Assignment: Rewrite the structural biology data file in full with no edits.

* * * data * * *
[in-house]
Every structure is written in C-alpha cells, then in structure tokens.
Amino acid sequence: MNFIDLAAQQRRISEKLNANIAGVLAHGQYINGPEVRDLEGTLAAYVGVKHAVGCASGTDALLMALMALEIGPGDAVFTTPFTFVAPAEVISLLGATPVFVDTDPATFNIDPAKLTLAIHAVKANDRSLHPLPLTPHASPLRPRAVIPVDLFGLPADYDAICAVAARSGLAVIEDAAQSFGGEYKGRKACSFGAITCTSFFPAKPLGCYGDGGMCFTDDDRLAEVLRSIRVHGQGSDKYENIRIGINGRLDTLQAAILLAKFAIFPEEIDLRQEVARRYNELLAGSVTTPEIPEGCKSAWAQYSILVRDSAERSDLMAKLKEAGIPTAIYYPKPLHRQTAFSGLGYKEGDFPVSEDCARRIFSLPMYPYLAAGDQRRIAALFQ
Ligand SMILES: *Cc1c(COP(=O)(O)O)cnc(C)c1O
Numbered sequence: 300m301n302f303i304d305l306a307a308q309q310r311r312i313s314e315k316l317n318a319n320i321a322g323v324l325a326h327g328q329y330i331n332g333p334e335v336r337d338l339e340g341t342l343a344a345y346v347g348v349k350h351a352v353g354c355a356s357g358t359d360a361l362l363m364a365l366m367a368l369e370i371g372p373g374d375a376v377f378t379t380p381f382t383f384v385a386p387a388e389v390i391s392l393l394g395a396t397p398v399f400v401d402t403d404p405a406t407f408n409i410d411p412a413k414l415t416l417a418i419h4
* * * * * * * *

[in-house]
Every structure is written in C-alpha cells, then in structure tokens.
Amino acid sequence: MNFIDLAAQQRRISEKLNANIAGVLAHGQYINGPEVRDLEGTLAAYVGVKHAVGCASGTDALLMALMALEIGPGDAVFTTPFTFVAPAEVISLLGATPVFVDTDPATFNIDPAKLTLAIHAVKANDRSLHPLPLTPHASPLRPRAVIPVDLFGLPADYDAICAVAARSGLAVIEDAAQSFGGEYKGRKACSFGAITCTSFFPAKPLGCYGDGGMCFTDDDRLAEVLRSIRVHGQGSDKYENIRIGINGRLDTLQAAILLAKFAIFPEEIDLRQEVARRYNELLAGSVTTPEIPEGCKSAWAQYSILVRDSAERSDLMAKLKEAGIPTAIYYPKPLHRQTAFSGLGYKEGDFPVSEDCARRIFSLPMYPYLAAGDQRRIAALFQ
Ligand SMILES: *Cc1c(COP(=O)(O)O)cnc(C)c1O
Numbered sequence: 300m301n302f303i304d305l306a307a308q309q310r311r312i313s314e315k316l317n318a319n320i321a322g323v324l325a326h327g328q329y330i331n332g333p334e335v336r337d338l339e340g341t342l343a344a345y346v347g348v349k350h351a352v353g354c355a356s357g358t359d360a361l362l363m364a365l366m367a368l369e370i371g372p373g374d375a376v377f378t379t380p381f382t383f384v385a386p387a388e389v390i391s392l393l394g395a396t397p398v399f400v401d402t403d404p405a406t407f408n409i410d411p412a413k414l415t416l417a418i419h4